Racetrack Playa is a seasonally dry lake (a playa) located in the northern part of the Panamint Mountains in Death Valley National Park, California, U.S.A. that is famous for rocks that mysteriously move across its surface. Coordinates: 36°40′53″N, 117°33′46″W
The playa is nestled between the Cottonwood Mountains to the east and the Last Chance Range to the west. During periods of heavy rain, water washes down from nearby mountain slopes onto the playa, forming a shallow, short-lived lake. Under the hot Death Valley sun, the thin veneer of water quickly evaporates, leaving behind a layer of soft mud. As the mud dries, it shrinks and cracks into a mosaic of interlocking polygons.
The playa is 3708 feet (1130 m) above sea level, 2.8 miles (4.5 km) long north-south, and 1.3 miles (2 km) wide east-west. It is also exceptionally flat with the north end being only 1.5 inches (4 cm) higher than the south. Two islands of bedrock poke above the playa's surface at its north end:
* The Grandstand, a 73 feet (22 m) high outcrop;
* A small carbonate outcrop.
Racetrack is dry for almost the entire year and has no vegetation on it. When dry, its surface is covered with small but firm hexagonal mud crack saucers that are typically 3 to 4 inches (7.5 to 10 cm) in diameter and about an inch (2.5 cm) thick. During the bimodal rainy season (summer and especially winter) a shallow cover of water deposits a thin layer of fine mud on and between the saucers of Racetrack. Heavier winter precipitation temporarily erases them until spring when the dry conditions cause new mud cracks to form where the old ones had been. Sandblasting wind continually helps to round the edges of exposed saucers. Annual precipitation is 3 to 4 inches (75 to 100 mm) and ice cover can be 1 to 2.5 inches (2.5 to 6.5 cm) thick. Typically only part of the playa during any given year will flood.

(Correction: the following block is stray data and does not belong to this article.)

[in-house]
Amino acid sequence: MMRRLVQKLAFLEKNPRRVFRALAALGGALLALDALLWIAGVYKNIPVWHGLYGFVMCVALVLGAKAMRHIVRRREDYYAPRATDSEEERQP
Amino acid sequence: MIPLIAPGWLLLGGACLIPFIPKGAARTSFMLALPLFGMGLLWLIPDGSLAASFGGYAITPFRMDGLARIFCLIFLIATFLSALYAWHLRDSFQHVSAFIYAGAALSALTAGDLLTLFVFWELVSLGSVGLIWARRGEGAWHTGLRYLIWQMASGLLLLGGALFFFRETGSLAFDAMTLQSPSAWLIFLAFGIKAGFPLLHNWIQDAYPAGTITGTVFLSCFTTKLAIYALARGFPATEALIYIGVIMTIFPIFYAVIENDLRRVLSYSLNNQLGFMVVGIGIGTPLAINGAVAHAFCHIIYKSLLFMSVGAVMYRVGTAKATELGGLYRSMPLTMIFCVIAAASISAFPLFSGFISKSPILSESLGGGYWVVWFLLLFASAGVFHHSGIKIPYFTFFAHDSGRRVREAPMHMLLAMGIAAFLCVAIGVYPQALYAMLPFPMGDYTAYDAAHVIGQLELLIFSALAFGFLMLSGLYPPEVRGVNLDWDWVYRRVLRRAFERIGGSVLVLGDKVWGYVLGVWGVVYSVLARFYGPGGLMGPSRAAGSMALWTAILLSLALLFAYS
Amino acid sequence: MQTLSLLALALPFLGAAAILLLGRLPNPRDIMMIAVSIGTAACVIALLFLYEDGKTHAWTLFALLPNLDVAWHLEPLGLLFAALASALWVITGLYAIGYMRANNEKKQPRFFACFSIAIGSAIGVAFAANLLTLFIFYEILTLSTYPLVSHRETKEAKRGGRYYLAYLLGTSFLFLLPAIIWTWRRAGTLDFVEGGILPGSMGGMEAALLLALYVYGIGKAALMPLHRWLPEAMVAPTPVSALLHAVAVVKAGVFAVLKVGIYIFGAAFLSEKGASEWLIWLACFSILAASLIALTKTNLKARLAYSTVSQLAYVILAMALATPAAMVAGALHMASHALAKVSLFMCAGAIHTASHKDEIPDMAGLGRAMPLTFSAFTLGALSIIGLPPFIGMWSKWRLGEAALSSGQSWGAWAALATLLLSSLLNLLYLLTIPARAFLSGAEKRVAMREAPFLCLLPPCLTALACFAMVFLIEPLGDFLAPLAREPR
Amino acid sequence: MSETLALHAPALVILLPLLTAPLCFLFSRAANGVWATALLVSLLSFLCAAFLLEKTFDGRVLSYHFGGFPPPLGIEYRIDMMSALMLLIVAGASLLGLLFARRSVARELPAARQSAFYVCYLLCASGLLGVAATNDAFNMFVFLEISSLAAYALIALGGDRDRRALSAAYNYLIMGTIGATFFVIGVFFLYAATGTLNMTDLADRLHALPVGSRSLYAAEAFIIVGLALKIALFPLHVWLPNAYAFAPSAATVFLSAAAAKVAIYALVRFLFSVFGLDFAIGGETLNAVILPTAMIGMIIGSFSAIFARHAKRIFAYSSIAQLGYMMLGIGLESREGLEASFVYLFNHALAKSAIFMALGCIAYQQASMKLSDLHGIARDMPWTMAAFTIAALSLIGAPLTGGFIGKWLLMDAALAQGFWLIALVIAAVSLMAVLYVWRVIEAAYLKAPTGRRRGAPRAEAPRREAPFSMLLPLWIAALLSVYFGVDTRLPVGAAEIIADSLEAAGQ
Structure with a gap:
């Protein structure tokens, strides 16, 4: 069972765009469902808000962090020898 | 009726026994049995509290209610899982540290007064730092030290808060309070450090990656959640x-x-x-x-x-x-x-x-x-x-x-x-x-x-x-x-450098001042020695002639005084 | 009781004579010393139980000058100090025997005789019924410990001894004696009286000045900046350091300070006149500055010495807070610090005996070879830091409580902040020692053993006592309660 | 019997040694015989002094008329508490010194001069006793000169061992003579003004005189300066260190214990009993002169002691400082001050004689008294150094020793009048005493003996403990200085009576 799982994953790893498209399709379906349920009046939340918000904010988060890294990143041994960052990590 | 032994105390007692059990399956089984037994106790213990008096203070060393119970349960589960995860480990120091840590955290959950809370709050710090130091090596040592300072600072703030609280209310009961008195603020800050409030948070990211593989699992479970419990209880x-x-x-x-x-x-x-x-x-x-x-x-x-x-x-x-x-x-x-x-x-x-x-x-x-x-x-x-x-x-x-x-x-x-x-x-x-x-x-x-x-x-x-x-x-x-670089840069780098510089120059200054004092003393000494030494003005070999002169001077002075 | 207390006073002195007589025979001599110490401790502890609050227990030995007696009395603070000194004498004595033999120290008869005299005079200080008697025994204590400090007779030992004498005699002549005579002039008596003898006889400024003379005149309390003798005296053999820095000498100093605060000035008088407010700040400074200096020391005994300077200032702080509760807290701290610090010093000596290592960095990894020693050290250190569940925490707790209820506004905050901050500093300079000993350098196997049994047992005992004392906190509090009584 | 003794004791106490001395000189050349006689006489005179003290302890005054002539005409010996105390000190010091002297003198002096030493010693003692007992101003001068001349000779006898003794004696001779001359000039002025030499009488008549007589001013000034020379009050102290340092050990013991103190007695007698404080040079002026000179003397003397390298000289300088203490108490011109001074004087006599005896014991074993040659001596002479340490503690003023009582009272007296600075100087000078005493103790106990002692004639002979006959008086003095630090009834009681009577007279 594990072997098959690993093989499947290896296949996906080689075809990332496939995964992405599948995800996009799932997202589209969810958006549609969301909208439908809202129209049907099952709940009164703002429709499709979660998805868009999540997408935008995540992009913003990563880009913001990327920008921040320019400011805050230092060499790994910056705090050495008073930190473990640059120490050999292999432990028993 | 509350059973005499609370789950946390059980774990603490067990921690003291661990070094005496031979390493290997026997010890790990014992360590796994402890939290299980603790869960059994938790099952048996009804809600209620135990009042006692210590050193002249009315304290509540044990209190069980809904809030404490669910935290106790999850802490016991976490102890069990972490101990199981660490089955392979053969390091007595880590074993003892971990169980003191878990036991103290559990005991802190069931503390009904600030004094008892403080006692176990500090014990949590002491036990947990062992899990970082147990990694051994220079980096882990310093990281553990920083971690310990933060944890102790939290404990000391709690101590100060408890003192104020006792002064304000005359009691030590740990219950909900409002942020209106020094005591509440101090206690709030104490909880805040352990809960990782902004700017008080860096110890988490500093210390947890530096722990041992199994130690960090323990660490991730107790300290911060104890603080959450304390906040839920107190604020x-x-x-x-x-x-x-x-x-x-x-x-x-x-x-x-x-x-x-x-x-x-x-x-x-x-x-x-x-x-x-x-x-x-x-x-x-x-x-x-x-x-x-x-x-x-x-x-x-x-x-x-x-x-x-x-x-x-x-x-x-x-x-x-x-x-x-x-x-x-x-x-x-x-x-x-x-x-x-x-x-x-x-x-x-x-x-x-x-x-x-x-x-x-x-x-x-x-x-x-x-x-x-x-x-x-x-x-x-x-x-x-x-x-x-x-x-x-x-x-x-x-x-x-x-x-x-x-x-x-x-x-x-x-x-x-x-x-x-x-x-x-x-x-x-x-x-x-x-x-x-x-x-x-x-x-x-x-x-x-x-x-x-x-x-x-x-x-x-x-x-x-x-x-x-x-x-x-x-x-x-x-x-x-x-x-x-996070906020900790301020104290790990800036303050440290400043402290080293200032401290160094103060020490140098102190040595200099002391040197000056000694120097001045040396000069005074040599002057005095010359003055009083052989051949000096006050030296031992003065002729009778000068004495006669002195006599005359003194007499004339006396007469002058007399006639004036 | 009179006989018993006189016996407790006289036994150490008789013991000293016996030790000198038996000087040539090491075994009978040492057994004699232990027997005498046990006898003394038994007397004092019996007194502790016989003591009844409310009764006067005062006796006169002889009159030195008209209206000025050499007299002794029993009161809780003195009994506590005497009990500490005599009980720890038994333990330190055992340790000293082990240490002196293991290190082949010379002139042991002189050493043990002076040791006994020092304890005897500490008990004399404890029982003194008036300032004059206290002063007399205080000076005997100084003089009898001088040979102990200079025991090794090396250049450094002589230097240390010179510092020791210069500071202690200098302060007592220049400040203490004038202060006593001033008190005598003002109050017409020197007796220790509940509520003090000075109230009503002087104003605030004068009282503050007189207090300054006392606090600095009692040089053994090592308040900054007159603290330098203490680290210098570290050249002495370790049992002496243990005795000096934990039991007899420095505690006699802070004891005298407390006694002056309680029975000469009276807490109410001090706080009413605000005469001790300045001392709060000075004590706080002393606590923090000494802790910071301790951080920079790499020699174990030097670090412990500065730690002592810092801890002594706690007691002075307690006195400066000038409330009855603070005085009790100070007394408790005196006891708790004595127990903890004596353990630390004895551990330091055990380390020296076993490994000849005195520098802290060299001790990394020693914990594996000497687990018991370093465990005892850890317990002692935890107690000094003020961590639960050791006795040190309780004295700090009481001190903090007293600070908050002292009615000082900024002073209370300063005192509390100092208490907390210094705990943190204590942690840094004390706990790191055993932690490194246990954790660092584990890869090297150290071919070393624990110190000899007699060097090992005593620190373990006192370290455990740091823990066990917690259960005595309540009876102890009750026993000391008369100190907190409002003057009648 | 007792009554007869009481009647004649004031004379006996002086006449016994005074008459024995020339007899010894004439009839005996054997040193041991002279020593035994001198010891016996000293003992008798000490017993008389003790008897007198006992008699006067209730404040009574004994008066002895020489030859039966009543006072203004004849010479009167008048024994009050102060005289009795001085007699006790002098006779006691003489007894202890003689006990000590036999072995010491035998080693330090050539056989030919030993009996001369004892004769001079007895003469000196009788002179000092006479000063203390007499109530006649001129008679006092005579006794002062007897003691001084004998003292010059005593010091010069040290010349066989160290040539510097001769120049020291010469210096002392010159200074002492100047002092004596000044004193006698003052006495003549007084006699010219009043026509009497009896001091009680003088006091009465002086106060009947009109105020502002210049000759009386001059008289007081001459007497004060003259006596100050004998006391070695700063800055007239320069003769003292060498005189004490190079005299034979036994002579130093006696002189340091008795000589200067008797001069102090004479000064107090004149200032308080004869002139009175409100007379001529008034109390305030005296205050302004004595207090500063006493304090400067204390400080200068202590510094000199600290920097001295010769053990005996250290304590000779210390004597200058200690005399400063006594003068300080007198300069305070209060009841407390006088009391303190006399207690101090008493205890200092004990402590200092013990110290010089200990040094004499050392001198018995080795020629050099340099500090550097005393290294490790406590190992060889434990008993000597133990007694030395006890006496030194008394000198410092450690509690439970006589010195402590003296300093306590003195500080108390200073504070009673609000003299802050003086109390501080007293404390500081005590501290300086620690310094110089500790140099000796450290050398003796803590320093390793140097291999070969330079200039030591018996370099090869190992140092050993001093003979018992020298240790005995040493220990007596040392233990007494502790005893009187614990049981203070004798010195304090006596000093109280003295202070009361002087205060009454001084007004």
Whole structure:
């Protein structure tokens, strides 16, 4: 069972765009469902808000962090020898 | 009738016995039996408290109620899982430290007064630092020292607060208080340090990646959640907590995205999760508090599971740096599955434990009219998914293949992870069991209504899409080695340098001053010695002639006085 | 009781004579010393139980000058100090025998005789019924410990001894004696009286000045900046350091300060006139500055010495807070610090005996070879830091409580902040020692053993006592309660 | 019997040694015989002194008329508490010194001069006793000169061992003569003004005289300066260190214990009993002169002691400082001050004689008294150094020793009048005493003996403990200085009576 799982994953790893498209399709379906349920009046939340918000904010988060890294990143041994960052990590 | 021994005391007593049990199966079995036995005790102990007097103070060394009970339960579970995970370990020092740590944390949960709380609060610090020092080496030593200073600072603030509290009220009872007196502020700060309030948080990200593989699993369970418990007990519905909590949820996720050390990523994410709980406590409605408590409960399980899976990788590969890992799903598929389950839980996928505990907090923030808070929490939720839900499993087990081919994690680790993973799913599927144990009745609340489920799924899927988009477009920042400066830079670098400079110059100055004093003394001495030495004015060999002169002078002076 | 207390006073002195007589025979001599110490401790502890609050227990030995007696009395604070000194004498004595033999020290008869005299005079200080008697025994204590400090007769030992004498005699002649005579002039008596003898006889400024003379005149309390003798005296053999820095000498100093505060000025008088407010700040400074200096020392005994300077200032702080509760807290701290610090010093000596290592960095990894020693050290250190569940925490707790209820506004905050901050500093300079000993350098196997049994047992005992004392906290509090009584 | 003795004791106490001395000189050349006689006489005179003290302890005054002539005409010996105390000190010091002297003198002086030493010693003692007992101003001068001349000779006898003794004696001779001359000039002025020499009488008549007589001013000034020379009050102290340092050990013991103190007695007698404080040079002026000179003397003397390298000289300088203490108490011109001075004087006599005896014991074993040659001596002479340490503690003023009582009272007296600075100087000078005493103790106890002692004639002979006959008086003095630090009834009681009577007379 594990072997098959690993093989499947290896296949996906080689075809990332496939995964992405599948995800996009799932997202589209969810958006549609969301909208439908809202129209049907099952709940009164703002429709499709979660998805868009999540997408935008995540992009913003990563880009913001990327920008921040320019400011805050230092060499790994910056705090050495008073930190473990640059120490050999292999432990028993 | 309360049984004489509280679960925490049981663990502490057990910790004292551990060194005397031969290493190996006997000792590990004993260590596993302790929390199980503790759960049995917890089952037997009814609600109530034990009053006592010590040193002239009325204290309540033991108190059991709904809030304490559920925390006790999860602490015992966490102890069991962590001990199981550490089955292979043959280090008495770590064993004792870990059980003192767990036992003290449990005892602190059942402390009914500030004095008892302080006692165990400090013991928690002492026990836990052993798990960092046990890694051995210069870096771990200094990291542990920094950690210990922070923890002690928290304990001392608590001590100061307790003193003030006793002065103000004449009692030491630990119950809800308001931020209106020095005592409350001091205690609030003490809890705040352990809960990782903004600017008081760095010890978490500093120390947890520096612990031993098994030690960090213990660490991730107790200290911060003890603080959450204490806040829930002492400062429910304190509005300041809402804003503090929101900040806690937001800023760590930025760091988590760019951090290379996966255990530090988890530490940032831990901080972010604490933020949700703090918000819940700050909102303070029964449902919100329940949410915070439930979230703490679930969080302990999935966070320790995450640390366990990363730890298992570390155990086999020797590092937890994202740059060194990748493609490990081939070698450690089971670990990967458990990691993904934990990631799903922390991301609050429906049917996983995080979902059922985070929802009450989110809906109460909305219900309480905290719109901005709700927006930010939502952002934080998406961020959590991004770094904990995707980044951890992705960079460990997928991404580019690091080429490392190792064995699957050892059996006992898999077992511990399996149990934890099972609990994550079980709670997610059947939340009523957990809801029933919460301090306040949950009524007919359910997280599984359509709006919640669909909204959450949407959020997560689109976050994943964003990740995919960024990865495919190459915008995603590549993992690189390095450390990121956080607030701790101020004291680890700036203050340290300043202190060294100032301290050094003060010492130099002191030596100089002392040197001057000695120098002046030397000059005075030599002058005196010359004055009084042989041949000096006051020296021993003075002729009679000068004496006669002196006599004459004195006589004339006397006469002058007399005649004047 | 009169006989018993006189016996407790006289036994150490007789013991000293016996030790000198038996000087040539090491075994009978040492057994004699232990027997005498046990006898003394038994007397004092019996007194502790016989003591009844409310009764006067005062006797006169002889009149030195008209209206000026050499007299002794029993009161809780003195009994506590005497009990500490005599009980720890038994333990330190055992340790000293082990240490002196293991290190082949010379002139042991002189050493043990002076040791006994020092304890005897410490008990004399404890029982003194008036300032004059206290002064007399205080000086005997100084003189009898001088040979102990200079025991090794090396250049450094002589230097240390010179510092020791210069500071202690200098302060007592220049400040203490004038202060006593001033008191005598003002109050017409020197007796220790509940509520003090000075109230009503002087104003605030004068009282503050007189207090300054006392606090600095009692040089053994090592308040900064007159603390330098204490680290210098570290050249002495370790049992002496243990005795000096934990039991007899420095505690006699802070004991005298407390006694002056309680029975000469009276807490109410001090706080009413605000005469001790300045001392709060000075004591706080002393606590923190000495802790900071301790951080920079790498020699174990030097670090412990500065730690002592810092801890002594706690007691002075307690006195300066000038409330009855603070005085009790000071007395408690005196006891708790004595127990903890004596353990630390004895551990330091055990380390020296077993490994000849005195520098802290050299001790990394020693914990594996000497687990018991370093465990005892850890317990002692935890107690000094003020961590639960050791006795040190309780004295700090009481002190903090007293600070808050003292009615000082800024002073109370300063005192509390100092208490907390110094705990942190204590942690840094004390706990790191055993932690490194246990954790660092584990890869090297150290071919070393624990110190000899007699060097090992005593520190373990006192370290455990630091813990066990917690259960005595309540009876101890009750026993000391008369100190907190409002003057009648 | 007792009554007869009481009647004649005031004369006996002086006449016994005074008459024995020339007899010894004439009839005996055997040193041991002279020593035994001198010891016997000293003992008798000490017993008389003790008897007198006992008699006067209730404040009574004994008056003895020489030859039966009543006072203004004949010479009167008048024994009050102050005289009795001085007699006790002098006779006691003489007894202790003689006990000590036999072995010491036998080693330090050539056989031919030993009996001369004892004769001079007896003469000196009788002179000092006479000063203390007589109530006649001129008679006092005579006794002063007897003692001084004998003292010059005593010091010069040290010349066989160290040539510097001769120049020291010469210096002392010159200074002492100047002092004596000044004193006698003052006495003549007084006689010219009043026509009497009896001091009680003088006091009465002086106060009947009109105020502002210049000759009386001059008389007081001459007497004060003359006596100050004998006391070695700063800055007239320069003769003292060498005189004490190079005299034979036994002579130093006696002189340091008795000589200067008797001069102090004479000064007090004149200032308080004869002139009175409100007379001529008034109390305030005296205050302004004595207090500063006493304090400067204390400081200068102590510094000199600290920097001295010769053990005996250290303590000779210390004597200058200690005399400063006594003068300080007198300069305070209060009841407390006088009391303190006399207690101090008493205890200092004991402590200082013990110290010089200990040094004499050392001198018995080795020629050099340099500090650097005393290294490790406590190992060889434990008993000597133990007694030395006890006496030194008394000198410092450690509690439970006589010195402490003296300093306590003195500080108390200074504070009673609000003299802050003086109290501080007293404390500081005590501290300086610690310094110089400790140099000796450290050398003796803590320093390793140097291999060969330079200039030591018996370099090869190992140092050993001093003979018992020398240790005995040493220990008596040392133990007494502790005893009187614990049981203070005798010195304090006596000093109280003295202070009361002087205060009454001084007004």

The highest point in the immediate area is Ubehebe Peak, itself 5,678 feet (1731 m) above sea level, a full 1970 feet (571 m) above the lakebed, and 0.85 mile (1.37 km) to its west.
Most of the so-called 'sailing stones' are from an 850 foot (260 m) high hillside made of dark dolomite on the south end of the playa, but some are intrusive igneous rock from adjacent slopes (most of those being tan-colored feldspar-rich syenite). They have never been seen or filmed in motion and are not unique to The Racetrack. Similar rock travel patterns have been recorded in several other playas in the region but the number and length of travel groves on The Racetrack are notable. Tracks are often tens to hundreds of feet (low to high tens of meters) long, a few to 12 inches (8 to 30 cm) wide, and typically much less than an inch (2.5 cm) deep. Racetrack stones only move once every two or three years and most tracks last for just three or four years. Stones with rough bottoms leave straight striated tracks while those with smooth bottoms wander. Stones sometimes turn over, exposing another edge to the ground and leaving a different-sized track in the stone's wake.